9 Acknowledgements This research has been a long journey for me. It is hard to acknowledge everybody who inspired, affected, or helped me in this work. I attempt my best and apologize for those whom I omit. Foremost, I would like to express my highest gratitude to my advisor, Mehdi Jazayeri, for encouraging and supporting me throughout this work. He constantly taught me the more objective way of thinking, and patiently let me find my own way. It has been a privilege for me to be your student. I extend my sincere gratitude to Alexander Repenning, who introduced me to the end-user programming and its educational values. His great care about computer science education in schools has highly affected my research. I am thankful to Nadia Repenning, who made me feel home during my stay in Boulder, CO. I am grateful to the members of Scalable Game Design project, in particular, Kyu Han Koh, Vicki Bennett, Burke Taft, and Sandra Wilder for providing me with opportunities to evaluate my system with novices. I am sincerely grateful to Gerhard Fischer for hosting me in the Center for Life-Long Learning and Design (L 3 D) during my visit to the University of Colorado at Boulder. I learned so much about human aspects of computing throughout many stimulating discussions and inspiring meeting in L 3 D. I would like to thank the members of L 3 D, in particular, Hal Eden and Holger Dick, for their friendly support. I am thankful to Monica Landoni, who helped me evaluate AgentWeb with the school teachers and students in Ticino, Switzerland. Without her great care and support, this would not have been possible. I would like to thank my office-mates, formerly Francesco Lelli and Sasa Nesic, and lately Domenico Bianculli, who inspired me by their commitment to research and brought fun to our office in Lugano. I would like to thank Julia Eberle, Zhu Li, and Ivan Vaghi for several stimulating discussions that we had on software design, information technology, and education during my stay in Boulder. I would like to thank my parents, Manouchehr and Ozra, for their never-ending love, encouragement, and support. I wish the words were not so limited to tell you how proud I am to be your son. Finally, I wish to thank my beloved girlfriend, Sadaf, for her love, care, and patience, from thousands of miles away. Life is more colorful when I think about you. vii

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11 Contents Contents List of Figures List of Tables ix xiii xv 1 Introduction Challenges in Educational Game Design Cyberlearning as a Solution Framework World-Wide Web as a Cyberlearning Platform Thesis Statement Research Method Thesis Structure Related Work End-user Development End-User Programming Collaboration practices among end users Collaborative and Social Software Engineering Educational Game Design Game-Based Learning Educational Game Design Environments State-of-the-art of support for collaboration in GDEs Computational Thinking Computational Thinking Patterns World-Wide Web Participative Web Web 2.0 for Education Web as a runtime platform Programmable Web and Mashups RIA Platforms vs. Open Web for Games Conclusions ix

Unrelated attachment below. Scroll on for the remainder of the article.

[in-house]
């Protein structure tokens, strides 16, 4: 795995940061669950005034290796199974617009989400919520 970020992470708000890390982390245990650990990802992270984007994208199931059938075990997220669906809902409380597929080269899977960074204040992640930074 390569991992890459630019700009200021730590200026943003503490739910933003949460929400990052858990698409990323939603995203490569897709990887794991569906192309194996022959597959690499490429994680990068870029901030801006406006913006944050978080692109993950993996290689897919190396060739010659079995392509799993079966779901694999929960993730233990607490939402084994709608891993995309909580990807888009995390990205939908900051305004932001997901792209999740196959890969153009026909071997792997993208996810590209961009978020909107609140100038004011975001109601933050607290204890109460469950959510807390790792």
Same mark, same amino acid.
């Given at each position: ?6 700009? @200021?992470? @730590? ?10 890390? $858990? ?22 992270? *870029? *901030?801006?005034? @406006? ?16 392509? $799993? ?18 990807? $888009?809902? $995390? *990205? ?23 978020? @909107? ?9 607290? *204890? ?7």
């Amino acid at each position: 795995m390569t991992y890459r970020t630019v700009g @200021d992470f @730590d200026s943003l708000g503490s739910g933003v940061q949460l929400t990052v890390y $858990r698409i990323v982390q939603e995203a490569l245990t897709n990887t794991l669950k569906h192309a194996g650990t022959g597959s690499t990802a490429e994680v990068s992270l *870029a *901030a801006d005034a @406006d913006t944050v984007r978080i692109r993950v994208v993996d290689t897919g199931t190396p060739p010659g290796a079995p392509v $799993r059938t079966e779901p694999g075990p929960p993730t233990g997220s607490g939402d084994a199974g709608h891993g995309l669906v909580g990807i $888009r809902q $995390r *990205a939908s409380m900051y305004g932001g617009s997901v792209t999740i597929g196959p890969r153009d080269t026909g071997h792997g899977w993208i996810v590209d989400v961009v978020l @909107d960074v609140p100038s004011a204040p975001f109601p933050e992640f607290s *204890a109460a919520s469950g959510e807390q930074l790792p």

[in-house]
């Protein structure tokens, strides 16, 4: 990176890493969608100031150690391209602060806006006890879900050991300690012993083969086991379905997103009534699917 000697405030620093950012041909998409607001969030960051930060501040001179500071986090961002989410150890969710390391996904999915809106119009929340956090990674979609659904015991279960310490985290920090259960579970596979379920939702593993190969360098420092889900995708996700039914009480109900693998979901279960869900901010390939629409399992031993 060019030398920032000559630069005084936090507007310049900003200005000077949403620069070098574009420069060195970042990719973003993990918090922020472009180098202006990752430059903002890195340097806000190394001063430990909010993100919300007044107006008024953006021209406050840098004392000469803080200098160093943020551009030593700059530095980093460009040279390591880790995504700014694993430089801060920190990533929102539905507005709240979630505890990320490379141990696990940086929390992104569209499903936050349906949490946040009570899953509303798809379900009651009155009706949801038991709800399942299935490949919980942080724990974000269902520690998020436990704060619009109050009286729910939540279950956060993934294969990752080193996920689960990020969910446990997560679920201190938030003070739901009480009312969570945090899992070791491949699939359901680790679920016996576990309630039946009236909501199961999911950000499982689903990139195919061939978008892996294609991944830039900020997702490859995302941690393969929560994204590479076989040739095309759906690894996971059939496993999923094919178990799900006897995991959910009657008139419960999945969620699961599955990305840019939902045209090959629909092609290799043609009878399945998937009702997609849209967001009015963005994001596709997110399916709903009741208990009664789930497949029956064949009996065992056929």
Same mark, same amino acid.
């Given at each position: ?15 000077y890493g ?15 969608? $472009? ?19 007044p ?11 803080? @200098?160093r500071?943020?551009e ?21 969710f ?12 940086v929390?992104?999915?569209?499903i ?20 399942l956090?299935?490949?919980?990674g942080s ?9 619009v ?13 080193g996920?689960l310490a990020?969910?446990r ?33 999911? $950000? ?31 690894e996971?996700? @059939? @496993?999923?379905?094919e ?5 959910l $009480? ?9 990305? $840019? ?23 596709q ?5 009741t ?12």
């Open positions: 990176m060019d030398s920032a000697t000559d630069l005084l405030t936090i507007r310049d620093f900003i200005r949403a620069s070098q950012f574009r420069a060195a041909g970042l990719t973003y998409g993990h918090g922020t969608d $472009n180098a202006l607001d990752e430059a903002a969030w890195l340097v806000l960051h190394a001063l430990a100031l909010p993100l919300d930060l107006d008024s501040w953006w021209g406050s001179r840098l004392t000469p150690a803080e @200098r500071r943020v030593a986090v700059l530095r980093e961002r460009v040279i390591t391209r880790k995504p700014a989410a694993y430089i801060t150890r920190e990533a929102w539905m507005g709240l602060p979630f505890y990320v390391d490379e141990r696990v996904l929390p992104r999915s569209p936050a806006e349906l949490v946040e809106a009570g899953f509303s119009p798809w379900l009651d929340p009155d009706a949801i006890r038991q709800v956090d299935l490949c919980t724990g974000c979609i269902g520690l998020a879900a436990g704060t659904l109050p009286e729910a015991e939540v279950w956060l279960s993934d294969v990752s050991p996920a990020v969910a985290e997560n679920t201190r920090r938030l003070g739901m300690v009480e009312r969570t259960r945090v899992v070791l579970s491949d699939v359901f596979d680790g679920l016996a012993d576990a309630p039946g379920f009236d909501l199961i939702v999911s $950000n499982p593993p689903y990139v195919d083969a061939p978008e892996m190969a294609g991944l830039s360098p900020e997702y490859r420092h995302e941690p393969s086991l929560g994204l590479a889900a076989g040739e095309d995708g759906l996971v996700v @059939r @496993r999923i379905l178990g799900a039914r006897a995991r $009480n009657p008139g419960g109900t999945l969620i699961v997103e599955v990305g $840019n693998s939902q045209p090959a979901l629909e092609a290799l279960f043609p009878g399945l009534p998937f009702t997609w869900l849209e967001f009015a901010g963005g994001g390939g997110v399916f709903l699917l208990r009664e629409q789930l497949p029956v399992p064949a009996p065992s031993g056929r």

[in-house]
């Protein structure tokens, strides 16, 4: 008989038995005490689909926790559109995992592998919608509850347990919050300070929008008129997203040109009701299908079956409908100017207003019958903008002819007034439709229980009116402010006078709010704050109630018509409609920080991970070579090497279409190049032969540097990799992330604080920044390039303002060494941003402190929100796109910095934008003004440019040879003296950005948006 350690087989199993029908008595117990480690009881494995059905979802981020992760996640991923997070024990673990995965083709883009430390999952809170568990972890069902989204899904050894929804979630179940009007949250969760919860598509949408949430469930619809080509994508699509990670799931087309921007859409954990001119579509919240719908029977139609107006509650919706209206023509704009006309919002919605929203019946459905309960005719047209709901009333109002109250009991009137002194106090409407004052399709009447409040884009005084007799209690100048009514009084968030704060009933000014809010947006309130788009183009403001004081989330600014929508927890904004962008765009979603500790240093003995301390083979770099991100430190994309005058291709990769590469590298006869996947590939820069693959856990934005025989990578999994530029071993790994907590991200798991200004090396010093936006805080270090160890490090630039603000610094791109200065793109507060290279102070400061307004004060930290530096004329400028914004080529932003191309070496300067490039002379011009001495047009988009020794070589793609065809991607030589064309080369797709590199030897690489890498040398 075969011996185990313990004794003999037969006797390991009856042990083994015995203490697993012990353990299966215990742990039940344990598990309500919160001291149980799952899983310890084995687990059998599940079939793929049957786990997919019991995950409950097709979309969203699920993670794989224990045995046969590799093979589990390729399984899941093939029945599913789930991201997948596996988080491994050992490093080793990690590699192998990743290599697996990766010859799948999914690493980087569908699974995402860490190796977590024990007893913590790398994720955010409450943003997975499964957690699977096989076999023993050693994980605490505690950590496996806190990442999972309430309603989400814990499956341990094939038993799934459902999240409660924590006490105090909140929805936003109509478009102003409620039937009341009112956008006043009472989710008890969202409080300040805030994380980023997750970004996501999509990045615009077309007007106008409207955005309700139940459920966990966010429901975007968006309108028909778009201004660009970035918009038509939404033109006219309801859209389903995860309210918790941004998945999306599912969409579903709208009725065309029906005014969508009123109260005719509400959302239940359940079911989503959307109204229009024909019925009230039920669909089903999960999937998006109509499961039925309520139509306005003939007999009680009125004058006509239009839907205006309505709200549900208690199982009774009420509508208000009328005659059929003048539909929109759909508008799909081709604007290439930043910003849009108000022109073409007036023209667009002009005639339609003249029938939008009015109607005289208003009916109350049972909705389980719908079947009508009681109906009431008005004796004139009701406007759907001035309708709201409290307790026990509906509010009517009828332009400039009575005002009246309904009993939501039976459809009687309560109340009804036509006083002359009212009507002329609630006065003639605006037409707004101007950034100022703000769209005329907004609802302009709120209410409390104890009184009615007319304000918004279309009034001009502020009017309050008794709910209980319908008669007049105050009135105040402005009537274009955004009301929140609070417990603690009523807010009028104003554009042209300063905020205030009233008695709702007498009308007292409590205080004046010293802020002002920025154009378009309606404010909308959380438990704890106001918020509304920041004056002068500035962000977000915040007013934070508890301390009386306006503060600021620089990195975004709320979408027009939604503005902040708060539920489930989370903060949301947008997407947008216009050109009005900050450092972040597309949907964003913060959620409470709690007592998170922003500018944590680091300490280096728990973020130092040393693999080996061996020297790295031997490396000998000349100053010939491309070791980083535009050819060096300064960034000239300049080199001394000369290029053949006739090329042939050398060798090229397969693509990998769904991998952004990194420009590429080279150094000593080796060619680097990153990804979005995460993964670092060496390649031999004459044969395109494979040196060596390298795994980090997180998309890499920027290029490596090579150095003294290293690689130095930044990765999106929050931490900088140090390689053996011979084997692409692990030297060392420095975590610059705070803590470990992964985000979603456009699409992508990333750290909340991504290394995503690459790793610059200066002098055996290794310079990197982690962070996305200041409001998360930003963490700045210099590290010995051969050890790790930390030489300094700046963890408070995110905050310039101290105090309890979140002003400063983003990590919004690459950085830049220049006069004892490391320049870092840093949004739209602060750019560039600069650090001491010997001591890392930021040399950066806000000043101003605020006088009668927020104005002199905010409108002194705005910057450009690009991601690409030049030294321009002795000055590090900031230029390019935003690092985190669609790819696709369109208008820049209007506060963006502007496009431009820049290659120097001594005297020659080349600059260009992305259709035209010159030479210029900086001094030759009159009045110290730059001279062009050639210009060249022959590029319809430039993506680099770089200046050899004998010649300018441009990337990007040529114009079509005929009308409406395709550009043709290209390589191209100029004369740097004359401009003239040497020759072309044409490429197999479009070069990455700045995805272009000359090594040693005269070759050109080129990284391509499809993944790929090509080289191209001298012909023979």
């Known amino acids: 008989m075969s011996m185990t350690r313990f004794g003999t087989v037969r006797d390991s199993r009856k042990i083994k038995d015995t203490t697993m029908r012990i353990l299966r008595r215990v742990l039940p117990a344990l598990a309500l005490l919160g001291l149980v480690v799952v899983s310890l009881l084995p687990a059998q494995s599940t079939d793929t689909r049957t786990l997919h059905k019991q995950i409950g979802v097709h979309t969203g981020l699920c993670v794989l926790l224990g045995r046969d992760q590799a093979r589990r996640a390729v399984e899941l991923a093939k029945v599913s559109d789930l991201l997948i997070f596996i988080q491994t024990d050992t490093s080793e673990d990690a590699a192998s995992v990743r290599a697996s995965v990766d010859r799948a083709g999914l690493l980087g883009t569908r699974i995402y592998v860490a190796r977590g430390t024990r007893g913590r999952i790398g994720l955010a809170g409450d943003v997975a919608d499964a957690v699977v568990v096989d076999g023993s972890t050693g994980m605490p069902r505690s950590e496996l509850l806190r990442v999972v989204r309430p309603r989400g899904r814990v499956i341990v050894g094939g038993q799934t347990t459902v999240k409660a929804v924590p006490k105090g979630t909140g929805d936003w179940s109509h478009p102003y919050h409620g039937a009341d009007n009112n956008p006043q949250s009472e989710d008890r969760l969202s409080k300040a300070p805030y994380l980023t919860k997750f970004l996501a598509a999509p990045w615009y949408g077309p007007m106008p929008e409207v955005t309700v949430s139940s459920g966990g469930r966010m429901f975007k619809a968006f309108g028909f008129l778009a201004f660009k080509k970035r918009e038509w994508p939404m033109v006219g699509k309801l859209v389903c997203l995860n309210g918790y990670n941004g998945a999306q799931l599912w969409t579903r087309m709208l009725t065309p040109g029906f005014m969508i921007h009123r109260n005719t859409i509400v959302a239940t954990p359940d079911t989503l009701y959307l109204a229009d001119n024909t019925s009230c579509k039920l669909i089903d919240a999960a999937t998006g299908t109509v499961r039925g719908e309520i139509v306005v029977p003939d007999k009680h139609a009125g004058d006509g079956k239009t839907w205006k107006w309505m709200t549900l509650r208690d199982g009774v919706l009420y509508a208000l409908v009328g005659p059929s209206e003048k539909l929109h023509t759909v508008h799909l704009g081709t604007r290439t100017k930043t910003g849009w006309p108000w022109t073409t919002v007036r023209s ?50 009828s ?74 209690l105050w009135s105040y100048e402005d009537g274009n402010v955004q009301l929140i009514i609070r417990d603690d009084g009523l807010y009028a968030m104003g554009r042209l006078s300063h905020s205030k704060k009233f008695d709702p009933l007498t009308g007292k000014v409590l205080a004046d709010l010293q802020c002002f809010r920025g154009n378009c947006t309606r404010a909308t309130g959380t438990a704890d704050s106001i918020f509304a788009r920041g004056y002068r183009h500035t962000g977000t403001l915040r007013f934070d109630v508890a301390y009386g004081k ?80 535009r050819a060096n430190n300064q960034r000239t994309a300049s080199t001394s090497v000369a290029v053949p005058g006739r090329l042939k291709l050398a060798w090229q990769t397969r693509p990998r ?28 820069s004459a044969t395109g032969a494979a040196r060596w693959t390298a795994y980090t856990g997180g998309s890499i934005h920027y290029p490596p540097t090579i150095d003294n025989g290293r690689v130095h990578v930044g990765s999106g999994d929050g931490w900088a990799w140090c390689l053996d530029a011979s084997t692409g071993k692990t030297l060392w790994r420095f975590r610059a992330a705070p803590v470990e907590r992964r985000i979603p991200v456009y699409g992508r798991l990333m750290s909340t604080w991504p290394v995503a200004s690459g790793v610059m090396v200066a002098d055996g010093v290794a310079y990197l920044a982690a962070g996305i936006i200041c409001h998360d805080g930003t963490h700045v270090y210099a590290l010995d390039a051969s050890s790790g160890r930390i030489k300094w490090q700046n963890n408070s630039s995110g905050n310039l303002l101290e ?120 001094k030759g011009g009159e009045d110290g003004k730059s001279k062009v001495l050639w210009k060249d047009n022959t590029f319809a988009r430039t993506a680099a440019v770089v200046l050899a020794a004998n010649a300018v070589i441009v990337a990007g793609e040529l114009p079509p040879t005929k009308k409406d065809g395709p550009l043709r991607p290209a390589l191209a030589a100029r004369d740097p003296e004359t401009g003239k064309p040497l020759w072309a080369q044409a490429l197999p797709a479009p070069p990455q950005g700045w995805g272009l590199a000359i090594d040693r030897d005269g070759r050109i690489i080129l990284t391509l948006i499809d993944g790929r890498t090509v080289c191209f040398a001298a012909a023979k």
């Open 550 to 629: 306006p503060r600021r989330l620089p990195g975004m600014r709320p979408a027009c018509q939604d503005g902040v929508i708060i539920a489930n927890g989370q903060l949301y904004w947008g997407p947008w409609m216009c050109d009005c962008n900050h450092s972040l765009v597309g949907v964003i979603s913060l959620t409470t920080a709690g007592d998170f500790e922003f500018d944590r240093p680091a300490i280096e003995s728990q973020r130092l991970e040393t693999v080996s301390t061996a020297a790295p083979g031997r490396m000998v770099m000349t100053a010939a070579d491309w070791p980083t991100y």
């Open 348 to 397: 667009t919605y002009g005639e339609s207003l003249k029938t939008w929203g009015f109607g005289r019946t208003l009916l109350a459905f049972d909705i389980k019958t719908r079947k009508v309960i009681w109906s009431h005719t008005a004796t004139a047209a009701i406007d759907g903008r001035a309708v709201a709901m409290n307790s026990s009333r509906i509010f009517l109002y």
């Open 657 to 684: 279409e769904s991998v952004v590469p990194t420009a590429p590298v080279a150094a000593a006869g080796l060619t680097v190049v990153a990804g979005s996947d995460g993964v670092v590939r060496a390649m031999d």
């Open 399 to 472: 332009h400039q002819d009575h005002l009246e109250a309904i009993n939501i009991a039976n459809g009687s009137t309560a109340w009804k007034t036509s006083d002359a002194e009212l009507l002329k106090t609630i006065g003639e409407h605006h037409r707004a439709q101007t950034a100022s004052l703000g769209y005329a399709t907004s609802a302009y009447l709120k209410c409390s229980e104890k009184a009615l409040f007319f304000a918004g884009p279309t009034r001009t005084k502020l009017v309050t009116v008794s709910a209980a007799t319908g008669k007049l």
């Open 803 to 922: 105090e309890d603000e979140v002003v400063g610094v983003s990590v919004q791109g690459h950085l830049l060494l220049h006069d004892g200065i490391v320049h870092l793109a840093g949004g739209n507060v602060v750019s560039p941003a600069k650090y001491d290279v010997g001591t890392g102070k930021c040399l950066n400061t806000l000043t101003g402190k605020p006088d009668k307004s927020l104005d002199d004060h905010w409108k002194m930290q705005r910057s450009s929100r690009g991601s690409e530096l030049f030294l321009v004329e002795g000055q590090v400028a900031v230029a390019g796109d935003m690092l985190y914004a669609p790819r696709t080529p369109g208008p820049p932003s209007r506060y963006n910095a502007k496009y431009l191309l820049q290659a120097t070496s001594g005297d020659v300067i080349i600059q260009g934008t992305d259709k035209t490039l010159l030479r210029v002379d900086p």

12 x Contents 3 Building an Open-Web Game Design Environment System Requirements Choice of game design model and support for end users Choice of collaboration platform Choice of Web technology Challenges Feasibility Studies Ristretto Mobile: an AgentSheets to JavaScript Compiler Web-based Visual Programming of Physical Devices User Interface Architecture Visual Programming Language Language Specification Client-side Execution Performance Issues Code Compilation Differential Scene Rendering Performance Evaluation Usability Testing of the Game Design Environment Conclusion Transition to the Web as a Cyberlearning Platform A process to support design and computational thinking Identified Computational and Design Thinking Activities Evaluation Results Comments from Teachers: Towards Smarter GDEs Examples, Tutorials Computational Thinking Issues Design Thinking Issues Software Engineering Process Conclusions Building a Cooperative Game Design WebSite Issues with existing models of cooperation A Vision for Unobtrusive Cooperation Implementation Content Development Video Tutorials Forum Showcase Usability Evaluation of the Website

13 xi Contents 5.6 Conclusion Experimenting with Cooperation Research Questions Research Method Overview Data Collection Methods Computer Logs Procedure Sample Pre Test Game Design Session Post test Results Task completion and quiz assessment Cooperation Details of game design activities Conclusions Conclusions Research Contributions Open Issues Future Directions A AgentWeb s Visual Programming Language Specification 99 B Usability Evaluation Form 103 B.1 Intellectual task B.2 User Interface Task B.3 Computational Thinking Task B.3.1 Matching with the sheet B.3.2 Programming B.4 Computation Thinking Pattern Matching Sheet C Programming Tutorial Manuscript 109 C.1 List of video tutorials C.2 Introducing AgentWeb C.3 Creating a simple game with AgentWeb C.4 Using the Depiction Editor C.5 Drawing the game scene C.6 Programming D Evaluation Forms 117